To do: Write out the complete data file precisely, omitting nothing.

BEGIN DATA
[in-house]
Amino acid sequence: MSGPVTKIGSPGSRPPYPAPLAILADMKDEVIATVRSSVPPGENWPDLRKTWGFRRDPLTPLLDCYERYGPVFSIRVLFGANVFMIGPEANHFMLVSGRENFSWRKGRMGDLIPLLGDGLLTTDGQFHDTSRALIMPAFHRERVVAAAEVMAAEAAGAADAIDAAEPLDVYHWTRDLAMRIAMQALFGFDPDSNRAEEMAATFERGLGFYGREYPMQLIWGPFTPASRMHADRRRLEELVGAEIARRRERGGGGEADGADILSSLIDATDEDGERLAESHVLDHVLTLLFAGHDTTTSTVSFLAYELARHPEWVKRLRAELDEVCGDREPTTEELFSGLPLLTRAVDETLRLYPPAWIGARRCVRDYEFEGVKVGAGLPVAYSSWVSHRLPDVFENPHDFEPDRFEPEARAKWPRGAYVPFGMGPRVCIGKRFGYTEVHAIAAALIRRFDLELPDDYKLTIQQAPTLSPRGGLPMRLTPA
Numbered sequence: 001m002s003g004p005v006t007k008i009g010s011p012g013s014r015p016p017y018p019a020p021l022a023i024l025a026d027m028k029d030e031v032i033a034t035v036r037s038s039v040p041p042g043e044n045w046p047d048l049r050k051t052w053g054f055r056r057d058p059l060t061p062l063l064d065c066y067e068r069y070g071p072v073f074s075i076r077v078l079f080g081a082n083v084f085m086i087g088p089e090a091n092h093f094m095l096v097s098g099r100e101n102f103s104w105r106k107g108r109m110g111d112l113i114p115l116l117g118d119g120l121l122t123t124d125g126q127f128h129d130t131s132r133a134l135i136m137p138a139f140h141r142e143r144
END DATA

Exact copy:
[in-house]
Amino acid sequence: MSGPVTKIGSPGSRPPYPAPLAILADMKDEVIATVRSSVPPGENWPDLRKTWGFRRDPLTPLLDCYERYGPVFSIRVLFGANVFMIGPEANHFMLVSGRENFSWRKGRMGDLIPLLGDGLLTTDGQFHDTSRALIMPAFHRERVVAAAEVMAAEAAGAADAIDAAEPLDVYHWTRDLAMRIAMQALFGFDPDSNRAEEMAATFERGLGFYGREYPMQLIWGPFTPASRMHADRRRLEELVGAEIARRRERGGGGEADGADILSSLIDATDEDGERLAESHVLDHVLTLLFAGHDTTTSTVSFLAYELARHPEWVKRLRAELDEVCGDREPTTEELFSGLPLLTRAVDETLRLYPPAWIGARRCVRDYEFEGVKVGAGLPVAYSSWVSHRLPDVFENPHDFEPDRFEPEARAKWPRGAYVPFGMGPRVCIGKRFGYTEVHAIAAALIRRFDLELPDDYKLTIQQAPTLSPRGGLPMRLTPA
Numbered sequence: 001m002s003g004p005v006t007k008i009g010s011p012g013s014r015p016p017y018p019a020p021l022a023i024l025a026d027m028k029d030e031v032i033a034t035v036r037s038s039v040p041p042g043e044n045w046p047d048l049r050k051t052w053g054f055r056r057d058p059l060t061p062l063l064d065c066y067e068r069y070g071p072v073f074s075i076r077v078l079f080g081a082n083v084f085m086i087g088p089e090a091n092h093f094m095l096v097s098g099r100e101n102f103s104w105r106k107g108r109m110g111d112l113i114p115l116l117g118d119g120l121l122t123t124d125g126q127f128h129d130t131s132r133a134l135i136m137p138a139f140h141r142e143r144